The first thing about Fear Of The Dark that leaps out and kicks in the arse is the cover artwork, which for the first time in Maiden's career is not by Derek Riggs. This picture is by Melvyn Grant, who has a long resumé of cover artwork on many popular fantasy and horror novels. Apparently the band liked Grant's picture better than Riggs's.
Fear Of The Dark represents the end of another era for Iron Maiden – after the tour, Bruce Dickinson left the band to begin a solo career until his return in 1999. Unfortunately, one can almost sense Dickinson's discontentment on this album. He continues the rough and raspy style of singing that we first heard in No Prayer For The Dying and on a few songs it sounds like he has completely lost his voice. Ironically enough, his traditional clear and powerful voice returned on his solo albums, some of which are extremely good.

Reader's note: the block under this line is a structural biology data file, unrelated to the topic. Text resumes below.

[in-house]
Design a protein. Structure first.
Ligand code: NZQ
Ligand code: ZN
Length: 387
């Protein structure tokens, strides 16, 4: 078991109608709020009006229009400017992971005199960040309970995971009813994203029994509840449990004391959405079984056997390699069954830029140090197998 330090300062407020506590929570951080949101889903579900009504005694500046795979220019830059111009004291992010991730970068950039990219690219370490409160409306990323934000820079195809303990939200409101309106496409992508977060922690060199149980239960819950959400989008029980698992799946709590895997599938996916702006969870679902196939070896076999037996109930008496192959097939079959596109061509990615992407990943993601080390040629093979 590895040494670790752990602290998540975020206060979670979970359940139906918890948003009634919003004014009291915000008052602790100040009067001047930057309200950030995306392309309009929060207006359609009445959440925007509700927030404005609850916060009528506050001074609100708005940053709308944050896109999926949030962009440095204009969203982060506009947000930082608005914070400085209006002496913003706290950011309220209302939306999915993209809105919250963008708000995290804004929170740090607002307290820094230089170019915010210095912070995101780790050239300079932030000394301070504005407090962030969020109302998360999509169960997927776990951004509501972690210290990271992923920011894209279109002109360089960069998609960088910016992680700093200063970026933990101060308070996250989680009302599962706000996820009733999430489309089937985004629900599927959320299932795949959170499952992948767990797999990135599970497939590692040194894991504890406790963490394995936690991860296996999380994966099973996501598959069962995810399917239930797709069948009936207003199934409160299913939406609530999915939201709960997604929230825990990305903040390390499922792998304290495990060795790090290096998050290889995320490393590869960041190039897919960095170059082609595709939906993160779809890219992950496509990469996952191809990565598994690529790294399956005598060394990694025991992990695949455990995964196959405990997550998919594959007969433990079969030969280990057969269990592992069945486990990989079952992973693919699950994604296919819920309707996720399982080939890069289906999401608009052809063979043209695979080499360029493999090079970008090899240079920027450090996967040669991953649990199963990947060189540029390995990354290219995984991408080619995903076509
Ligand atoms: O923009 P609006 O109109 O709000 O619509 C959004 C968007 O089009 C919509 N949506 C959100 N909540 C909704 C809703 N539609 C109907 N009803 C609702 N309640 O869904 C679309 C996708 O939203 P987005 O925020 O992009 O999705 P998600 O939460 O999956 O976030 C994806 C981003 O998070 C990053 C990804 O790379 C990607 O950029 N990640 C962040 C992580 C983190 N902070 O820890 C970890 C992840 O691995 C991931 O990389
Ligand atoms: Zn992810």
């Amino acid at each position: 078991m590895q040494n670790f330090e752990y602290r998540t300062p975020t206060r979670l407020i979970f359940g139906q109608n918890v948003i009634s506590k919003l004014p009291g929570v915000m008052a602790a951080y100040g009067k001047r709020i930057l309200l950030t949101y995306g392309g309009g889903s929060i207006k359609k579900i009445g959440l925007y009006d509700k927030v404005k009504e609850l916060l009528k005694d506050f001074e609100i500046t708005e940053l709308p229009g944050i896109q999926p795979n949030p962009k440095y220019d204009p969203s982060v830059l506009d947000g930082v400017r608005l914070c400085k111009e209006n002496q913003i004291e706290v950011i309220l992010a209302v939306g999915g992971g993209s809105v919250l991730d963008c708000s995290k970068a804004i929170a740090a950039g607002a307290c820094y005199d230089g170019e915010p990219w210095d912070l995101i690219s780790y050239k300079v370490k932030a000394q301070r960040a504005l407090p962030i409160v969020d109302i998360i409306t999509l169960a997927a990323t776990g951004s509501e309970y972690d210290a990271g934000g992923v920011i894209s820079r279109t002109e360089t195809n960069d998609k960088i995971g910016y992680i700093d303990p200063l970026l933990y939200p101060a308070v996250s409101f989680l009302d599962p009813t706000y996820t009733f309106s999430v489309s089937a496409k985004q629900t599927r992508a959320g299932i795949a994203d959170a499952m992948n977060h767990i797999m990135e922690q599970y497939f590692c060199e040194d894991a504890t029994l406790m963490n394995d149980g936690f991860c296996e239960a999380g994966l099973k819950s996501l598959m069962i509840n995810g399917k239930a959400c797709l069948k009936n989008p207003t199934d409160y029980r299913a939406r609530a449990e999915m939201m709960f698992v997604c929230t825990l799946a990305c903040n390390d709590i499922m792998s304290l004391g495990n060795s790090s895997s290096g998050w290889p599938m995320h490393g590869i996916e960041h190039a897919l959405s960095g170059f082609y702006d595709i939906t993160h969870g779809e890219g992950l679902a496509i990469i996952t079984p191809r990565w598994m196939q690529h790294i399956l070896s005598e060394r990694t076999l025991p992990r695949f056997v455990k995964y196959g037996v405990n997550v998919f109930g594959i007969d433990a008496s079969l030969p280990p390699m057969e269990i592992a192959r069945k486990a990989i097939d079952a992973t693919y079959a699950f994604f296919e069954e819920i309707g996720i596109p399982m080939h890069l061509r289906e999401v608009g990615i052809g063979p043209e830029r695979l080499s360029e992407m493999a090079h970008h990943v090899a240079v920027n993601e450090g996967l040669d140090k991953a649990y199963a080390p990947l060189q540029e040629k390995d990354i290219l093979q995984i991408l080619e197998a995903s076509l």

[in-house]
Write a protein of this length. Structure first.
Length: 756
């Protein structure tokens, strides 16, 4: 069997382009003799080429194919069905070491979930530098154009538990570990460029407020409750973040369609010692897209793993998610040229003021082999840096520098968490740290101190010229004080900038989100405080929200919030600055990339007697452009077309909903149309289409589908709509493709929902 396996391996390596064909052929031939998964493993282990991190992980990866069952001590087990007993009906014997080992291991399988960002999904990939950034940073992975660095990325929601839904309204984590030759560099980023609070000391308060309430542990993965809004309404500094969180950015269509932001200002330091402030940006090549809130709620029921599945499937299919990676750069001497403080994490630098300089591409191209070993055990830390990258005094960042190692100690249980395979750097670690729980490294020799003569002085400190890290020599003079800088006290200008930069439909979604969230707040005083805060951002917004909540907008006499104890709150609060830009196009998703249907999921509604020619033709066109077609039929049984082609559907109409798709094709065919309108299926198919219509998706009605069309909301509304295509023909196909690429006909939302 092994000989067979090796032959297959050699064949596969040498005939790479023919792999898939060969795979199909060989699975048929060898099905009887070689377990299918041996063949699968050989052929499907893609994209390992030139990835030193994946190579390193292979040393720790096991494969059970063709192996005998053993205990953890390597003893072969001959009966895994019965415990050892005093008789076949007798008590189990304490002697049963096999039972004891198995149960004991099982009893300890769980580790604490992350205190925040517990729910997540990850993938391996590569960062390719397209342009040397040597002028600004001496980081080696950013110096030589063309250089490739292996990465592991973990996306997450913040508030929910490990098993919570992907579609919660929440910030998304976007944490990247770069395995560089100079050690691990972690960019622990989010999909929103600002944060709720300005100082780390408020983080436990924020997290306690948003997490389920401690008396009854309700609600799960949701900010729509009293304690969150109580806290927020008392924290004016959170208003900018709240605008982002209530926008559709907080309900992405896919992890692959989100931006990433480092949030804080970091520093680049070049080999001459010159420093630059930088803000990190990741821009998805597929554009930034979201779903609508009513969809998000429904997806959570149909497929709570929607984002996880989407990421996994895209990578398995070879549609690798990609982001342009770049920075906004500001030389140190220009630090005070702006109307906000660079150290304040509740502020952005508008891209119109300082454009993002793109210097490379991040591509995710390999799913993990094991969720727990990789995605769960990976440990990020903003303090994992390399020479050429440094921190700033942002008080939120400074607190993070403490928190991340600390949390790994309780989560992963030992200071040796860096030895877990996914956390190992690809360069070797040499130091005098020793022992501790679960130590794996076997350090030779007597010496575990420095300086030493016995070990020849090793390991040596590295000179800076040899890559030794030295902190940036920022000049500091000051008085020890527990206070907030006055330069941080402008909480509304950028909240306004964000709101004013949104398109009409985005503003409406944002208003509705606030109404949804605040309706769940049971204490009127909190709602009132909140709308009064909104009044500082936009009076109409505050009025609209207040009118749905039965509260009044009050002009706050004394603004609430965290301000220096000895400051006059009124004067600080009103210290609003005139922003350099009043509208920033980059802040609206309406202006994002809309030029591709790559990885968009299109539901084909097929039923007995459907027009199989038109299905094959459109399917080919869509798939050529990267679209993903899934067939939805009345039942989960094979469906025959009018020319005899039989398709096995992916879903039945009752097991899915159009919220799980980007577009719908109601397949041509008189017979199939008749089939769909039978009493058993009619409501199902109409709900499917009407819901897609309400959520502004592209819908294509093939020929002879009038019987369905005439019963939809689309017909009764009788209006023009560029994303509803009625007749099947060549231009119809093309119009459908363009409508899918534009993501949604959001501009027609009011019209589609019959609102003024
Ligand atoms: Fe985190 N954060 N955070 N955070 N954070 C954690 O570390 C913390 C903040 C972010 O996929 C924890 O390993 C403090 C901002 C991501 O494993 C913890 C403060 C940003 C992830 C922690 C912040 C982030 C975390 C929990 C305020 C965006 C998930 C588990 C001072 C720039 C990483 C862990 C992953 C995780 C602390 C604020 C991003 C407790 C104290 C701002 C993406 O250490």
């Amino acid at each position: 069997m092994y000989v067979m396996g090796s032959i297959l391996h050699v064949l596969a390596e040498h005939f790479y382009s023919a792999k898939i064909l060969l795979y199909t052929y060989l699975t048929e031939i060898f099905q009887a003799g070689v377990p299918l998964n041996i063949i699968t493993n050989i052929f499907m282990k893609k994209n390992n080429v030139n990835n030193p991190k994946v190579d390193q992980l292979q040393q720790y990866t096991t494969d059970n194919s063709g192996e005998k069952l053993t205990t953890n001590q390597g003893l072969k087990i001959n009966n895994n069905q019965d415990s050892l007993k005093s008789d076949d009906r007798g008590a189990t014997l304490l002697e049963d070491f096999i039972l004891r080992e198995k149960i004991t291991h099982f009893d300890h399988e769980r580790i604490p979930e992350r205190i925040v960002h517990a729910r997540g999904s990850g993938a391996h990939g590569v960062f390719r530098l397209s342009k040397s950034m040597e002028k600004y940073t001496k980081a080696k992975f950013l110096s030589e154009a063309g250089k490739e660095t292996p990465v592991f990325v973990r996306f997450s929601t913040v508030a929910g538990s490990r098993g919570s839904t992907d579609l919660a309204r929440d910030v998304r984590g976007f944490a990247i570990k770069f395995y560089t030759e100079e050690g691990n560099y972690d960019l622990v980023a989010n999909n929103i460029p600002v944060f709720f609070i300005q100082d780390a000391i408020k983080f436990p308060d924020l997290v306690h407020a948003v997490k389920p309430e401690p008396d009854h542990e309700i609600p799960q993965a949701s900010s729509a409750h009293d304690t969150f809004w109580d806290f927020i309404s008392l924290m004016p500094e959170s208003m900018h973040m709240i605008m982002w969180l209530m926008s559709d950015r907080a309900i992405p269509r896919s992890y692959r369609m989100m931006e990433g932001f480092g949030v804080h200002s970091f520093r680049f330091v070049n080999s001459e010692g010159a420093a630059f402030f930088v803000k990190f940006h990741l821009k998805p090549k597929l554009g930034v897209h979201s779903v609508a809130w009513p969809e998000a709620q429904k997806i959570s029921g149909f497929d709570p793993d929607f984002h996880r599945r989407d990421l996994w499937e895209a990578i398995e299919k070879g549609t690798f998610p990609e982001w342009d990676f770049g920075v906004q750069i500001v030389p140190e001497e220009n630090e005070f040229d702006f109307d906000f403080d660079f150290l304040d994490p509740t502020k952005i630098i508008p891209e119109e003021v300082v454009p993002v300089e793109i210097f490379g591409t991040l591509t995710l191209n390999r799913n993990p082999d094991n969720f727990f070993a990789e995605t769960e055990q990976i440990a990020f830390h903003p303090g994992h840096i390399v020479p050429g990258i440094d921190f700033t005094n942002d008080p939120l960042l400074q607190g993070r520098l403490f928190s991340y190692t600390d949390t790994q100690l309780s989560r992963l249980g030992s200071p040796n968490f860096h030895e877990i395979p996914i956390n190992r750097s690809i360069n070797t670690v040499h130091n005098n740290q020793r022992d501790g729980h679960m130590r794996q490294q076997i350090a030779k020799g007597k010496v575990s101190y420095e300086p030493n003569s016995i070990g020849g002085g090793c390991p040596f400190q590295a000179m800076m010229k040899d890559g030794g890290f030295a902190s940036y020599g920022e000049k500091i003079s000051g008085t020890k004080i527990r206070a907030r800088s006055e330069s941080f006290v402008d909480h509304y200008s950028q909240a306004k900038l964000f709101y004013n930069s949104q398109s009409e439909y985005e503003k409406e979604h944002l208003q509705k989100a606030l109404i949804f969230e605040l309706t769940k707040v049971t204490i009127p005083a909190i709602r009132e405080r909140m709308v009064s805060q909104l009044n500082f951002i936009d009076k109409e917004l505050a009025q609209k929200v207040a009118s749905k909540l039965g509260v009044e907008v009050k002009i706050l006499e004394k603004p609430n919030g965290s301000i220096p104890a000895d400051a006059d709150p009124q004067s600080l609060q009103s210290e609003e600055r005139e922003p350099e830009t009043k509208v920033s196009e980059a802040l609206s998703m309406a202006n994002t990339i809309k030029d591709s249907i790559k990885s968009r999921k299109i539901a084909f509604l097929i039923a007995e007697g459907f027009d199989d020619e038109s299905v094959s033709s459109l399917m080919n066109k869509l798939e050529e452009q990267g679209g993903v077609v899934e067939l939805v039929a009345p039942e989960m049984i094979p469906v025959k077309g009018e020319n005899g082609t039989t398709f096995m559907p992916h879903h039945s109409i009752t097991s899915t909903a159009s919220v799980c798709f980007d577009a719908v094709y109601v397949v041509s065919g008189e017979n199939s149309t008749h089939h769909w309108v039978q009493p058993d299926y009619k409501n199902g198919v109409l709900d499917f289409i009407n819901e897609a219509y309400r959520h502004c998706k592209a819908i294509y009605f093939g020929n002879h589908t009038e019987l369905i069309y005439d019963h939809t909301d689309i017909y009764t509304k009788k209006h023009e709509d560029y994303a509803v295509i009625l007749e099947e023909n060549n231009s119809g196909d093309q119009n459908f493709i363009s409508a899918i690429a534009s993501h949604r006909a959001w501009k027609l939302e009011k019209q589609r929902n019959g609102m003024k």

Fear Of The Dark was digitally recorded and mixed at Steve Harris's own Barnyard Studios in Essex. As with No Prayer For The Dying, there are still some traces of synth on the album, but much less noticeable than in Somewhere In Time and Seventh Son Of A Seventh Son.